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President Obama Rejects Justice Department's War Powers Interpretation

6:00 AM, Jun 19, 2011 • By ADAM J. WHITE
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Of course, the president has power to interpret the statutes he administers. But, in this case, his interpretation fails to pass the snicker test. As Goldsmith put it (at Lawfare blog, which he co-edits with Ben Wittes and Bobby Chesney), "common sense suggests that firing missiles from drones that kill people over an extended period of time pursuant to a U.N.-authorized use of force constitutes 'hostilities.'” The Office of Legal Counsel and Pentagon apparently agree with Goldsmith.

2.  Second, it highlights the president's willingness to evade the ordinary legal decision making process in order to reach his favored conclusion. Savage reports that the administration decided not to follow the ordinary course of business; rather than asking OLC for an opinion and leaving OLC to canvas the other administration stakeholders, the administration requested OLC's "thoughts in a less formal way to the White House, along with the views of lawyers at other agencies," which were then presented to the president as rival viewpoints. As Goldsmith again notes, "This is not a process designed to produce a sound legal decision ... When the President effectively decides the legal question in the first instance based on the input of interested agencies, his legal judgment is inevitably skewed a great deal by wanting to uphold his policy." (Savage notes that President Clinton's OLC chief, Walter Dellinger, also criticized this out of the ordinary process.)

And to be clear, this is not the first time that the Obama administration skewed this process to achieve the president's own ends. In 2009, Attorney General Eric Holder was displeased with the OLC's conclusion that Congress cannot constitutionally give the District of Columbia a vote in the House of Representatives. But rather than abide by OLC's judgment, Holder sought the solicitor general's affirmation that the Justice Department could, at the very least, try to defend the bill in court.

3.  Speaking of Holder, at his 2009 confirmation hearing, he said that OLC opinions "reflect the best opinions of probably the best lawyers in the [Justice Department] as to where the law would be, what their opinions should be. It will not be a political process, it will be one based solely on our interpretation of the law." Given that President Obama's interpretation of the War Powers Act rejected the best DOJ lawyers' best opinions, the president surely relied on towering legal minds ... right?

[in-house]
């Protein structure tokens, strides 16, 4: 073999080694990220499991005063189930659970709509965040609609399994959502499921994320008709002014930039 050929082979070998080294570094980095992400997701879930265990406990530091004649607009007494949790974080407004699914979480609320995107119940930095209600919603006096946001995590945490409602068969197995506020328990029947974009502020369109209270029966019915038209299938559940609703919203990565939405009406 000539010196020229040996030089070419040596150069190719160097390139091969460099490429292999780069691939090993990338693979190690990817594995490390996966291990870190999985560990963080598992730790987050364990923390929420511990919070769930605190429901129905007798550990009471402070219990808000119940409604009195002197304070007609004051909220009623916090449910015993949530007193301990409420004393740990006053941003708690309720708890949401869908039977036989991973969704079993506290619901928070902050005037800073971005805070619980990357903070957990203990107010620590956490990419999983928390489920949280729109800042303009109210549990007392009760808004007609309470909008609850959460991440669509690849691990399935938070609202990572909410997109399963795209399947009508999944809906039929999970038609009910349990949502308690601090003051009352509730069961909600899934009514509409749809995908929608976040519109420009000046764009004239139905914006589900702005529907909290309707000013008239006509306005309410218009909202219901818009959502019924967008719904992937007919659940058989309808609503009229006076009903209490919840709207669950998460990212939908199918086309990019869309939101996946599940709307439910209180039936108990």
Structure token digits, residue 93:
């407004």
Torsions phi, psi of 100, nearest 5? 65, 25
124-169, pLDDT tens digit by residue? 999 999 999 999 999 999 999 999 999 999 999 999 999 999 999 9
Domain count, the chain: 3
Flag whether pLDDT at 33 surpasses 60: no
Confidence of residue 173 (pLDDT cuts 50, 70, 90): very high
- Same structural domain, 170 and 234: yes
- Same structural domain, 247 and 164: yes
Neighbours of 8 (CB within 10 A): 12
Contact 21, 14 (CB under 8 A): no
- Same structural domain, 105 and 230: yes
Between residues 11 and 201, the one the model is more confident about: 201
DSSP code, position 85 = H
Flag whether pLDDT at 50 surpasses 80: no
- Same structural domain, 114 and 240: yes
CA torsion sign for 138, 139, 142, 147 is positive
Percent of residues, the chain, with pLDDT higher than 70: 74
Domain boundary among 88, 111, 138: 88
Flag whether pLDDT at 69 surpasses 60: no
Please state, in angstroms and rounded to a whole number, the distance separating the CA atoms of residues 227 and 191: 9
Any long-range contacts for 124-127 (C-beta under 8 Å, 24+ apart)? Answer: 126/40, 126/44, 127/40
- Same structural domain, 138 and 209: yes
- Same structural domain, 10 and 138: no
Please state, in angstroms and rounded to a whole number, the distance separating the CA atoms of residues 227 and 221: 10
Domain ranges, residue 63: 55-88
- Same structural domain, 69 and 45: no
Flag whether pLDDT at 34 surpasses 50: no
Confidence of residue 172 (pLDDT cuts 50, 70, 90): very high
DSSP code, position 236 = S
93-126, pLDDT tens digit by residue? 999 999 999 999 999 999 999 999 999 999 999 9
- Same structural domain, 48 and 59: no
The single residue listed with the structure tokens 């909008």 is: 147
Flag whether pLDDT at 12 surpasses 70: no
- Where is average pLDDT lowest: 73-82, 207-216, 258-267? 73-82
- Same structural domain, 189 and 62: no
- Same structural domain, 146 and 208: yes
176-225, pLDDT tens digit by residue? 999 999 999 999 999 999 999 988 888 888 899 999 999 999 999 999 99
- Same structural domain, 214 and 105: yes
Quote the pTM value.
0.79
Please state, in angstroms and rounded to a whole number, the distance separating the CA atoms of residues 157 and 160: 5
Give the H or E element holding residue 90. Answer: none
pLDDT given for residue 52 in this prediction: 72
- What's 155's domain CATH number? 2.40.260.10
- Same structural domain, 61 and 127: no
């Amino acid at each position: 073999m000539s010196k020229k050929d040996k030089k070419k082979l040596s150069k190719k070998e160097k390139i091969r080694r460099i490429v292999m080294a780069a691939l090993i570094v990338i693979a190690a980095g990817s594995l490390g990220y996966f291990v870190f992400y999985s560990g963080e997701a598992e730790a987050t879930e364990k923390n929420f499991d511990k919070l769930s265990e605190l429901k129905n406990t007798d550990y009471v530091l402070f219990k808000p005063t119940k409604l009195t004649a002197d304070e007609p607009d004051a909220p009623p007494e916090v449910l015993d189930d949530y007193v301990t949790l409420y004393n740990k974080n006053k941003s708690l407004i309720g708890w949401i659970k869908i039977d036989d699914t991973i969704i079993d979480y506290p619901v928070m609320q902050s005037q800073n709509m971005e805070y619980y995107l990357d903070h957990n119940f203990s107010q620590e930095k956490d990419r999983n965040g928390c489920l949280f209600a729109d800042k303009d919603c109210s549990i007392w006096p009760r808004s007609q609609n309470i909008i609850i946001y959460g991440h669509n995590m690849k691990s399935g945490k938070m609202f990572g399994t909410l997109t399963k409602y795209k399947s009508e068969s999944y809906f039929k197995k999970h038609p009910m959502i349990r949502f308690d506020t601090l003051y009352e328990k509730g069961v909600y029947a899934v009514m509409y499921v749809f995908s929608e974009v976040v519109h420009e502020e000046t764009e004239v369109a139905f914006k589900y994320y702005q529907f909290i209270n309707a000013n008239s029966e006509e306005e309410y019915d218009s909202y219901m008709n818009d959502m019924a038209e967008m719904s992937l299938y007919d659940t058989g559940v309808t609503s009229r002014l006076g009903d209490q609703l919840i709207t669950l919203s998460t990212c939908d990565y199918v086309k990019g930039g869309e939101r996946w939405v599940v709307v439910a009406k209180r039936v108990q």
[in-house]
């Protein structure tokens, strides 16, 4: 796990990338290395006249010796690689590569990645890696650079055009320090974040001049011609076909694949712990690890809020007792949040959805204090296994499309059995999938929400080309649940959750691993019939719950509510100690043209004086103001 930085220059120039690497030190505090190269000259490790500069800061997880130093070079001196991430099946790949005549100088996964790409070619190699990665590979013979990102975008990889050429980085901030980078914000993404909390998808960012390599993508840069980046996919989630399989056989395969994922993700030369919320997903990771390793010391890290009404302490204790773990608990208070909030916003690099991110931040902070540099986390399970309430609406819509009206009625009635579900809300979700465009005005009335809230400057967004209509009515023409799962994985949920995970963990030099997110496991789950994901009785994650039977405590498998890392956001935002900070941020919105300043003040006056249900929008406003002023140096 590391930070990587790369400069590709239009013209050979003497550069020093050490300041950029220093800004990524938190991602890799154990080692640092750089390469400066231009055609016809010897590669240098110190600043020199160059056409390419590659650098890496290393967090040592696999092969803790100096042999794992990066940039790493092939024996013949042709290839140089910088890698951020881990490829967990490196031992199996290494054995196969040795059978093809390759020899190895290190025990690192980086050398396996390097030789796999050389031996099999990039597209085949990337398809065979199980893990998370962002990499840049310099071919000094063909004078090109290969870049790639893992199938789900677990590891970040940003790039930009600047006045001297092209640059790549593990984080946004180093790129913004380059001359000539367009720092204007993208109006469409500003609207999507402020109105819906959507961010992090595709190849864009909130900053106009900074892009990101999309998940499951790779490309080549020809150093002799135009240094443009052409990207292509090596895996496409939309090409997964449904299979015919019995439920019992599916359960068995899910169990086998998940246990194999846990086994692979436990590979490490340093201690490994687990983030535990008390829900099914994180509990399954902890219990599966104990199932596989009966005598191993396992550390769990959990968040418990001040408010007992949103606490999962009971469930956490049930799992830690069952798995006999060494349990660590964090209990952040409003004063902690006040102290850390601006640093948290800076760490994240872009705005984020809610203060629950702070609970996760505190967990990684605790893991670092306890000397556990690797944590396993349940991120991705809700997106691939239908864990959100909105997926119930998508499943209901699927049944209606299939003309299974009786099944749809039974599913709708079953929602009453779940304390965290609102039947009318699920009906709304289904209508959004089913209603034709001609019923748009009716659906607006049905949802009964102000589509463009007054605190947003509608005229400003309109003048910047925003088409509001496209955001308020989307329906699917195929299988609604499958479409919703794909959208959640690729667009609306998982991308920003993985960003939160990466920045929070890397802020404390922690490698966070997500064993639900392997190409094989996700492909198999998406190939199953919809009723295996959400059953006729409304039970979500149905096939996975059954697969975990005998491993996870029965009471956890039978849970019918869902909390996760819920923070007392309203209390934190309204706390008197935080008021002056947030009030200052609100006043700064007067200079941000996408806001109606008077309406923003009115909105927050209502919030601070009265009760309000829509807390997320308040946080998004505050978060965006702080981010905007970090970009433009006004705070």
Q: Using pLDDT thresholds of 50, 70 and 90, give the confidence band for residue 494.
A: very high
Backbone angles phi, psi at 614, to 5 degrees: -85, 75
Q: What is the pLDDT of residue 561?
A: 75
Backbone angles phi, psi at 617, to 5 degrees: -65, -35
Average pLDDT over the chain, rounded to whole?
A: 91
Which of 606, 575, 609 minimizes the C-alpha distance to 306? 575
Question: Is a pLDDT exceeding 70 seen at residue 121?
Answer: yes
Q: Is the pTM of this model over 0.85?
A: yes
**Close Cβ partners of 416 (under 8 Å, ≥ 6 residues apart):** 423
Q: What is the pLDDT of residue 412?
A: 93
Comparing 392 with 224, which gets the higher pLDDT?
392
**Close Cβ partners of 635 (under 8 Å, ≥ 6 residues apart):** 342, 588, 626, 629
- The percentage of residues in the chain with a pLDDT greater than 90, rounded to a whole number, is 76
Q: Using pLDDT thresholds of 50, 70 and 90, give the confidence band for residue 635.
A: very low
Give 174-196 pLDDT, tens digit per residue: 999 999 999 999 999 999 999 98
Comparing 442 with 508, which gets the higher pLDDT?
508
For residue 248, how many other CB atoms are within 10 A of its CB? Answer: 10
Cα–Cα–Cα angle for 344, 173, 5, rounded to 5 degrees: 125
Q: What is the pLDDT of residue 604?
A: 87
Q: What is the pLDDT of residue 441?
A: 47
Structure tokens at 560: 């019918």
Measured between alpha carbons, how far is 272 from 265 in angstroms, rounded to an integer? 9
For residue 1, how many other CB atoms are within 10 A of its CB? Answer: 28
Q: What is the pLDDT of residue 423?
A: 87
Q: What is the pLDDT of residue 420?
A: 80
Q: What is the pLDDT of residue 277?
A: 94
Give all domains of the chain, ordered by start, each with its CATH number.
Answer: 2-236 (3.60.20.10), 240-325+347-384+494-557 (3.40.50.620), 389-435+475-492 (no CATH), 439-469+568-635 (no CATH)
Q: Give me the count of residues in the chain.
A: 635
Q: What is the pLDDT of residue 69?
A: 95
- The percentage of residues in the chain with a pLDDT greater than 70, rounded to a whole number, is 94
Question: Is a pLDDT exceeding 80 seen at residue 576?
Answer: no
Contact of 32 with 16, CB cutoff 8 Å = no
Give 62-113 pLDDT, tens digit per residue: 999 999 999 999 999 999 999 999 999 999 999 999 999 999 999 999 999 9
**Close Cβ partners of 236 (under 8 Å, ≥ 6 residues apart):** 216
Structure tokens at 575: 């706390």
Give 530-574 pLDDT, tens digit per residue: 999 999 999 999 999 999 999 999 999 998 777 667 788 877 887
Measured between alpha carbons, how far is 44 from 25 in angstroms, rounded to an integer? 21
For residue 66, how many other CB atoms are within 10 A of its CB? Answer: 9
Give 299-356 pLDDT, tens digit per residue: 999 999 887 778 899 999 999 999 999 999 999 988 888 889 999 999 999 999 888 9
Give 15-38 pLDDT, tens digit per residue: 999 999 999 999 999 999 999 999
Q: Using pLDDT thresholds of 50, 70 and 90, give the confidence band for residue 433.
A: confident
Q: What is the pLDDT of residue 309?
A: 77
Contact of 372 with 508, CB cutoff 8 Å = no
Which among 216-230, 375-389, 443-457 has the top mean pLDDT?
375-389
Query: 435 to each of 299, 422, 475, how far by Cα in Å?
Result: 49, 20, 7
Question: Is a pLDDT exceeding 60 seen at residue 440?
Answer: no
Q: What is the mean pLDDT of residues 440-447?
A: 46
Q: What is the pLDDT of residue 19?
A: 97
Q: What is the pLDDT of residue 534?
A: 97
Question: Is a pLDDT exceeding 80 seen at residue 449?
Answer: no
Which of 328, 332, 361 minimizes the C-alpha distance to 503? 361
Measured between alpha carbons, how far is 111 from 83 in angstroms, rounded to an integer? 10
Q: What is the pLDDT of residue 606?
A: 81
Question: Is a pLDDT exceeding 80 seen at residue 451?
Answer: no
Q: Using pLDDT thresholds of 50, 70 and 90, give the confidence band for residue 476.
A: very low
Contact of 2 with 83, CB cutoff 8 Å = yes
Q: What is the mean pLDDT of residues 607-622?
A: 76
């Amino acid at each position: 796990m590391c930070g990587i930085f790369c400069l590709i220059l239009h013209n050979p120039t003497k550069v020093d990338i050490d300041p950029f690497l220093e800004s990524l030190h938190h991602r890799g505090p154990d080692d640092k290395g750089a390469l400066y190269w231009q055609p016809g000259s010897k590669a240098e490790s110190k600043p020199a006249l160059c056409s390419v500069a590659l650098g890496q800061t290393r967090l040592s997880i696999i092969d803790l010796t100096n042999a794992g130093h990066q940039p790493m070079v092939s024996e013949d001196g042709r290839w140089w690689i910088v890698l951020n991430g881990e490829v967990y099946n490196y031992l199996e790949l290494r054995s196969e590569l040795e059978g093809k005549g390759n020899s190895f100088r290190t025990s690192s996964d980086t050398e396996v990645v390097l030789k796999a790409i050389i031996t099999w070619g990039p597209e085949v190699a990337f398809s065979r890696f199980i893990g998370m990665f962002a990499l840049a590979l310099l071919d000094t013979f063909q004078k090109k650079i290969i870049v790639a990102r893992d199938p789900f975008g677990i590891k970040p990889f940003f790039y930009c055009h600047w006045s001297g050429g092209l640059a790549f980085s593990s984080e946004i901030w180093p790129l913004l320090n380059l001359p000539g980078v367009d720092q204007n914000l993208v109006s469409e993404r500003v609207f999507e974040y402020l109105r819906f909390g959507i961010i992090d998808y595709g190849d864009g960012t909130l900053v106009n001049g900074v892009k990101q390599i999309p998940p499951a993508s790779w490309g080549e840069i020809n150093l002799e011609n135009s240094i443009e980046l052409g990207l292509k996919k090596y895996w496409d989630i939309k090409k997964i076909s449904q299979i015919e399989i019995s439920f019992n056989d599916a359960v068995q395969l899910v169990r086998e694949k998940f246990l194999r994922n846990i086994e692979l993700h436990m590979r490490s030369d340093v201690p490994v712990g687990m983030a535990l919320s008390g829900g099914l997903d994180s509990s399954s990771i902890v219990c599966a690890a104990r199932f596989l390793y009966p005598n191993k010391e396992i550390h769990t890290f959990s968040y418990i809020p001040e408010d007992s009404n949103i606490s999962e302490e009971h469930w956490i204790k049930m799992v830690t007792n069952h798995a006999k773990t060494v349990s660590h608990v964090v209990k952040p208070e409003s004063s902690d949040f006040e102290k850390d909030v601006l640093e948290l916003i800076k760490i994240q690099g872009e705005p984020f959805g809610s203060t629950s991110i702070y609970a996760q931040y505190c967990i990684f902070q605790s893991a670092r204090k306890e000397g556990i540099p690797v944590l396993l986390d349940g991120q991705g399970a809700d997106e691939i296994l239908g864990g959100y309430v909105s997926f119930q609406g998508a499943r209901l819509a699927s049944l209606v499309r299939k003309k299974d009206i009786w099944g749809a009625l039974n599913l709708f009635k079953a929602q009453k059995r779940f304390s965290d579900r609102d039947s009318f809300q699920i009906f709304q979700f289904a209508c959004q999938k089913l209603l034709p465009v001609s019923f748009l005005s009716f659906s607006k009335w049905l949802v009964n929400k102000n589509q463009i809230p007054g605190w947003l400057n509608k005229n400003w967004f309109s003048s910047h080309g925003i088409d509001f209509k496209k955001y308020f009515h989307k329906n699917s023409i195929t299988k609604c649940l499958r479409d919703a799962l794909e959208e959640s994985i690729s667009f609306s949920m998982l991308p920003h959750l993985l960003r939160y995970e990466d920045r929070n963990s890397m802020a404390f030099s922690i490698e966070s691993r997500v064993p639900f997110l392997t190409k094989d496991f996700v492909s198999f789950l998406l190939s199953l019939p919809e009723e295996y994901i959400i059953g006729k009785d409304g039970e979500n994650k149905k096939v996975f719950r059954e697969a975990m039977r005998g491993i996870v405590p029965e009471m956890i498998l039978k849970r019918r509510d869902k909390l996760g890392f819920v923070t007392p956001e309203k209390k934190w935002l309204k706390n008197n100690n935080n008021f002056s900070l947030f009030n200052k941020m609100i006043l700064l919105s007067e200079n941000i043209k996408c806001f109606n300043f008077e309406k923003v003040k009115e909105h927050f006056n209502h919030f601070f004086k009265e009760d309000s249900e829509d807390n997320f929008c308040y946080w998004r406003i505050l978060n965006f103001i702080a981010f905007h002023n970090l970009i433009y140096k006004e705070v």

Not quite. Savage identifies by name only two lawyers who convinced the president that America's Libya operations do not involve "hostilities." The first is White House counsel Bob Bauer. Bauer is well known as an excellent campaign finance lawyer; he was the Obama campaign's general counsel, and President Obama's personal attorney. But he is not particularly well known for his expertise on other constitutional issues, let alone matters of national security law. And just two weeks ago, he announced that he would soon leave the White House to resume his role as the Obama campaign's general counsel.

President Obama's other favored lawyer, Harold Koh, leaves many scratching their heads. Koh, former dean of the Yale Law School, is a well known—in legal circles, probably the best known—critic of presidential war power. His new support for a War Powers Resolution interpretation endorsing unlimited presidential authority to engage Libya-style conflicts is at first glance a startling departure from his record. It is virtually impossible to believe that he would have endorsed this position during Bush’s presidency.

Goldsmith attributes Koh's surprising new position to either (1) Koh's willingness to advance legal positions he does not actually believe, in support of his client (i.e., the State Department), or (2) Koh's implicit belief that the constitutional rules governing the president's war powers don't apply with equal force when the military operations are humanitarian ones.  

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